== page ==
Beyond Moore's Law: Can We Push The Semiconductor Limits Further?

Hey everyone! I’ve been looking into a concept that’s been pretty much the center of our semiconductor industry - Moore’s Law. Way back in 1965, Gordon Moore, co-founder of Intel, said that we’d double the number of transistors on a chip about every two years, without increasing the production cost significantly. What it meant was that our computers would get smaller and faster while staying affordable.

It’s propelled some massive leaps in computing, boosted the efficiency of transistors in integrated circuits, and revolutionized our computers. All our gadgets, like smartphones, tablets, and gaming consoles, have benefited from this. Even tech like weather forecasting and GPS have gotten pretty precise, thanks to Moore’s Law.

But it’s not just electronics. Sectors like transportation, health care, education, and energy production have all been uplifted by this tidal wave of computing power.

Now, here’s a bit of a buzzkill - we might be hitting a dead end with Moore’s Law. Some in the industry suggest that we could reach the physical limits of this principle in the 2020s. The problem is that as transistors shrink down, they start generating more heat which may affect the efficiency. Cooling down these tiny transistors would need more energy than what’s currently whizzing through them. Moore himself felt that we’d eventually hit a wall because everything’s made of atoms, after all.

Right now, chip makers are in a race against these physical limits, trying to build chips that are more powerful than ever. Take Intel for example - they’ve been trying to get a 7-nanometer chip off the ground, which is a pretty big deal.

So, if we’re facing the end of the line for Moore’s Law, where do we go from here? We’ll need to find new paths for ramping up our computing capabilities. How will the semiconductor industry evolve to tackle these new challenges? Let’s chat about this and delve into what the future might hold for our exciting field!


I think this where IC packaging or device structure come into place, where at least industrially/commercially this seems to be the trend. I happened to be present in SEMICon Taiwan and saw a lot of companies advertising heterogeneous integration, and other methods of integration for electronic devices such as bonding technology.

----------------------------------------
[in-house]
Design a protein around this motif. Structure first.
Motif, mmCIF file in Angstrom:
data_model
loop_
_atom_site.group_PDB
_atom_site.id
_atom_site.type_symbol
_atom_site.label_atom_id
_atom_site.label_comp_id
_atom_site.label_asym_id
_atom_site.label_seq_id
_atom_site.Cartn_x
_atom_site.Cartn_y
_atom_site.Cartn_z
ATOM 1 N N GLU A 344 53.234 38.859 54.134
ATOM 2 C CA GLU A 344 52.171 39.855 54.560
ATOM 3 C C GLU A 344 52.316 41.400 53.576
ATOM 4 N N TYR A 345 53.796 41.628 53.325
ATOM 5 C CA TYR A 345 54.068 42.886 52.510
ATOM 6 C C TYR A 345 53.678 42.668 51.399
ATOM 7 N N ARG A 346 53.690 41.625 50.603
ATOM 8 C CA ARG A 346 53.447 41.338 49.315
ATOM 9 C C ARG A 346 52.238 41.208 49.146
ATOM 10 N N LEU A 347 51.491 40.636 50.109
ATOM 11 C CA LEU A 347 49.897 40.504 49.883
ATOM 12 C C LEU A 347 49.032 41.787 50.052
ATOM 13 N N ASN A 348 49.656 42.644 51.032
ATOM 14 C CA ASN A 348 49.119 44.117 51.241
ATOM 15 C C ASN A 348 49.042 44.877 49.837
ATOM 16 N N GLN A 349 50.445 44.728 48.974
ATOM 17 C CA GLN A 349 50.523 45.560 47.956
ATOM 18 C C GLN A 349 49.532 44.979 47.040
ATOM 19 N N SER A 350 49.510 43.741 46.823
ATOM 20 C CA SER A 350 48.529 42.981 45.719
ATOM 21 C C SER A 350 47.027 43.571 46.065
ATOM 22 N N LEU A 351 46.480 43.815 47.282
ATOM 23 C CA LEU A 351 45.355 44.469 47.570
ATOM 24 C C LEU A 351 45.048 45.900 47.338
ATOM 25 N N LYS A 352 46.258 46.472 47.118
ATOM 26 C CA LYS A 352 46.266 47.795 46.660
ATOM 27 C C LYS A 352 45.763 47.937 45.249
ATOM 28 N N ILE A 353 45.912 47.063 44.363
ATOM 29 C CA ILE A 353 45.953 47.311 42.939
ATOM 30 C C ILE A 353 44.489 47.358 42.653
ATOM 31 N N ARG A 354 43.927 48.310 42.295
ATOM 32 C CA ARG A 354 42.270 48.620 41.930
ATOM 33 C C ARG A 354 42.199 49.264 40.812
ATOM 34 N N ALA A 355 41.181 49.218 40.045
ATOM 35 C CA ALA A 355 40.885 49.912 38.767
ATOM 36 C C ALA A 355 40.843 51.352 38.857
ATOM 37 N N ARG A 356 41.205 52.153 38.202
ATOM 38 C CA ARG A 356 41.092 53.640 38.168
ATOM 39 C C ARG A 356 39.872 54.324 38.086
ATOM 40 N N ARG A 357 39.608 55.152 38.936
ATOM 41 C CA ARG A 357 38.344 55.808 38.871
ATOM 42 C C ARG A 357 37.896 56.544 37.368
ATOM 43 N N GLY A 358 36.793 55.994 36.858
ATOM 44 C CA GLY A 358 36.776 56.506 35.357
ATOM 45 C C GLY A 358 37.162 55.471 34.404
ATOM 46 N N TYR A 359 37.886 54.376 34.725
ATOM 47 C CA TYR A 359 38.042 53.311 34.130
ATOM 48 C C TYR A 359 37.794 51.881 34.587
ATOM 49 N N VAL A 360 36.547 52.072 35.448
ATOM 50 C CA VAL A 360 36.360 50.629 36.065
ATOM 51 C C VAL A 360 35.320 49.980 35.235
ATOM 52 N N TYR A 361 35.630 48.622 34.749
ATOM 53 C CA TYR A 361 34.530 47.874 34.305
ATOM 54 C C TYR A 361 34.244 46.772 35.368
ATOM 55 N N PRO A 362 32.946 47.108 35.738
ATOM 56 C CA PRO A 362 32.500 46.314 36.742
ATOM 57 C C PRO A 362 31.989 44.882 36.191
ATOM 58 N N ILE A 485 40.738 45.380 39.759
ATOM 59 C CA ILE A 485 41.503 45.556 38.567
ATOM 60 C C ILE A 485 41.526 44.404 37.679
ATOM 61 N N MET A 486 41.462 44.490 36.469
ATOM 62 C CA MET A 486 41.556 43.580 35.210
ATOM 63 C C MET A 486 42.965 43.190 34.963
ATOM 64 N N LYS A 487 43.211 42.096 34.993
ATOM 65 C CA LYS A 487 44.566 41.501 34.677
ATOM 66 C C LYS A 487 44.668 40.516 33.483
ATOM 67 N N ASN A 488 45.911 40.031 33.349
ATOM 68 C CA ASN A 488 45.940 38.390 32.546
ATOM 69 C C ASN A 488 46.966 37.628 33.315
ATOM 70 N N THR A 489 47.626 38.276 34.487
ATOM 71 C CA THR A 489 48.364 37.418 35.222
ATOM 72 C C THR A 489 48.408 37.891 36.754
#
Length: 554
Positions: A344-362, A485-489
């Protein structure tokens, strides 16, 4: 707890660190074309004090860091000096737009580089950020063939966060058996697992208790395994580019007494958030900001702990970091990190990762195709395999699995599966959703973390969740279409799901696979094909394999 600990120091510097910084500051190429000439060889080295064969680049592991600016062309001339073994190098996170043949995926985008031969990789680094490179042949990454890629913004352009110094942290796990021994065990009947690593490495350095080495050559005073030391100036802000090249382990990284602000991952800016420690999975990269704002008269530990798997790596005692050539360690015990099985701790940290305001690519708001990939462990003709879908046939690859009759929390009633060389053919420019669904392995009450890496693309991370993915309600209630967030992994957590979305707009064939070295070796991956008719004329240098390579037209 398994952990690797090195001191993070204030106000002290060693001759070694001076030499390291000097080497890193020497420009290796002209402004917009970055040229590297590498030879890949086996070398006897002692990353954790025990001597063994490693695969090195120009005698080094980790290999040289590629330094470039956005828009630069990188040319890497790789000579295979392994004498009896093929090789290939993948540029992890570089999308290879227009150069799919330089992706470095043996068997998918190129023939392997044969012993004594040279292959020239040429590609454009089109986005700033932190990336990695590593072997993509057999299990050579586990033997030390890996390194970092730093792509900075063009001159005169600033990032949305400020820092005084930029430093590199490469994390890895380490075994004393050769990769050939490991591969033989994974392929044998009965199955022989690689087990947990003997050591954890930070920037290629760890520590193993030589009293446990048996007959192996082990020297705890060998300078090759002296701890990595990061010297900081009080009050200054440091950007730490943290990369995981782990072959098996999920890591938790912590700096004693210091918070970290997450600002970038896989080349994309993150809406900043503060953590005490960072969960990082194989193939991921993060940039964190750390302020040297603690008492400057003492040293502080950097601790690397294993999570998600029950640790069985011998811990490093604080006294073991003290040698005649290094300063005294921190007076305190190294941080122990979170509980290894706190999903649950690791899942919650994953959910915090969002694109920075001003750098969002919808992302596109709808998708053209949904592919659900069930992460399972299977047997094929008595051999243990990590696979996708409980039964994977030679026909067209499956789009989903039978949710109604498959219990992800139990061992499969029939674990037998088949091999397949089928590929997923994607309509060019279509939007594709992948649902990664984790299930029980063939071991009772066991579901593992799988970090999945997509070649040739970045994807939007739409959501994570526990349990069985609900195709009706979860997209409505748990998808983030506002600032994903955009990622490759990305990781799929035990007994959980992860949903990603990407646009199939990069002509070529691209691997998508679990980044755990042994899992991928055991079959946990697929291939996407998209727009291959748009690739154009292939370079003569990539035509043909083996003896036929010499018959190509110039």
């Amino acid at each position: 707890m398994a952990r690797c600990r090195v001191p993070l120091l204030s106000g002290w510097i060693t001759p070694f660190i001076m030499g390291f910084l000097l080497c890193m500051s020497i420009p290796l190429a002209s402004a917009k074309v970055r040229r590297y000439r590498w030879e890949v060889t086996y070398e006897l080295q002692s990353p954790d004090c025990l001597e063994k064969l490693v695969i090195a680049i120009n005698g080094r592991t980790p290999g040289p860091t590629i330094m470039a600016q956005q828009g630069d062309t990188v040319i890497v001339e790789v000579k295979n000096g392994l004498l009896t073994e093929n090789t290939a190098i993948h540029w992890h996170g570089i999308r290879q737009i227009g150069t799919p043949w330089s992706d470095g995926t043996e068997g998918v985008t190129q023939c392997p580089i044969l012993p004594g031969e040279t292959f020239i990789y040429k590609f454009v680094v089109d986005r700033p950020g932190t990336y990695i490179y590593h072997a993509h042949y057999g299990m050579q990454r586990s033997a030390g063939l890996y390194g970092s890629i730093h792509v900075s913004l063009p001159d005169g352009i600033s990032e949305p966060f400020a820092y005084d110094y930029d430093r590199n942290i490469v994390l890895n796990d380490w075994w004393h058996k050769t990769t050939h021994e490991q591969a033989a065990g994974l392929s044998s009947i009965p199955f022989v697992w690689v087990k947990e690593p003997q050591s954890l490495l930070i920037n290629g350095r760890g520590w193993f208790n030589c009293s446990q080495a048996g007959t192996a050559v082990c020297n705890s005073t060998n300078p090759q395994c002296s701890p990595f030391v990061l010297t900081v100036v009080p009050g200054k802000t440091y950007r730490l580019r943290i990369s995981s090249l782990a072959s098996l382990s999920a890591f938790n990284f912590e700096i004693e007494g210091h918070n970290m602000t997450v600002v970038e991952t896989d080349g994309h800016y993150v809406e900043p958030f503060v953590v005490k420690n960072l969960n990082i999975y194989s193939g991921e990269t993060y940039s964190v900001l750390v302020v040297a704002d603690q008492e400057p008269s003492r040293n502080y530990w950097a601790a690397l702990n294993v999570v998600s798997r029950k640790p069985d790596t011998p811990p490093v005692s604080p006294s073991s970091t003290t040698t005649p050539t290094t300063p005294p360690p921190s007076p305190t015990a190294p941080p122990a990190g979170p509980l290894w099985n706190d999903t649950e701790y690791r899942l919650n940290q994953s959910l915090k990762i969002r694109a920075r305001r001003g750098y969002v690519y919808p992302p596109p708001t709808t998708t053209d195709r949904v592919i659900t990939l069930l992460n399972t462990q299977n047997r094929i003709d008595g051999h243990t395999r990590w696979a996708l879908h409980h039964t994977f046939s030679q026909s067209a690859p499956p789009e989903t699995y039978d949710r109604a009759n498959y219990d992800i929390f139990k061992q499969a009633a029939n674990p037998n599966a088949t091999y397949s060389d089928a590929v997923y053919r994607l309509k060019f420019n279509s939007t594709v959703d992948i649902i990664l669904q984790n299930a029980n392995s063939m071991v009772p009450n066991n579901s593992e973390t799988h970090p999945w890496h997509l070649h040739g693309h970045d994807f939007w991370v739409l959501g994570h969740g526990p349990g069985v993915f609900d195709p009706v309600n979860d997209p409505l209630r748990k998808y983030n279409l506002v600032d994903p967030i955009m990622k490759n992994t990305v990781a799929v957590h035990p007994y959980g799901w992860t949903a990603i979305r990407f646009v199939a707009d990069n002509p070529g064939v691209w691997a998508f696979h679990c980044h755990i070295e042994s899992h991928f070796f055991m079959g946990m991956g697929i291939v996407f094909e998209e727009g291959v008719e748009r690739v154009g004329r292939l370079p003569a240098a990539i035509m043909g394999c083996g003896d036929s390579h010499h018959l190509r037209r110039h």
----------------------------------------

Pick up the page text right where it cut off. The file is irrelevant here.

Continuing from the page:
Other devices that stray from silicon and conventional FET device structure is also a very much ongoing study ranging from power devices, Micro/Nano Electro-Mechanical Systems (MEMS/NEMS), 2D material based devices (Graphere, Boron Nitride, TMDs), spintronics, piezoelectric devices, and so on. I guess other technologies to think about, not exactly with semiconductors, is quantum computing and superconductors. While superconductors is probably still going to take some time, quantum computing is seeing a hefty amount of progress.


Absolutely, your insights about the shift towards IC packaging, heterogeneous integration, and alternative materials like Graphene and Boron Nitride are interesting. It’s fascinating to see the industry explore beyond traditional silicon-based FET structures. Quantum computing can’t be overlooked, I must read further on them though. With all the new tech and knowledge we’re on the way to exciting innovations in the semiconductor industry.


Hey there! It’s awesome that you’re exploring Moore’s Law and its impact on the semiconductor industry. Gordon Moore’s prediction from 1965 has indeed been a driving force behind the incredible advancements in technology we’ve witnessed over the years.

The way Moore’s Law boosted computing power and made our gadgets smaller and faster has been nothing short of revolutionary. It’s not just about electronics; it has transformed various sectors, making precision in fields like weather forecasting, GPS, transportation, healthcare, education, and energy production possible.

However, the potential end of Moore’s Law is an interesting point. As transistors get smaller, they generate more heat, which could affect their efficiency. It’s like hitting a physical limit due to the fundamental properties of matter. Chip makers are racing against this challenge, striving to create more powerful chips, like Intel’s work on 7-nanometer technology.

So, where do we go from here? It’s a great question. We’ll need to find new ways to keep advancing our computing capabilities. The semiconductor industry is sure to evolve to meet these challenges. It’s an exciting and important conversation, and I’m eager to explore what the future holds for our field with all of you!

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I’m watching this video now, so I figured I’d share it here!

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Thank you for sharing. It’s quite interesting.

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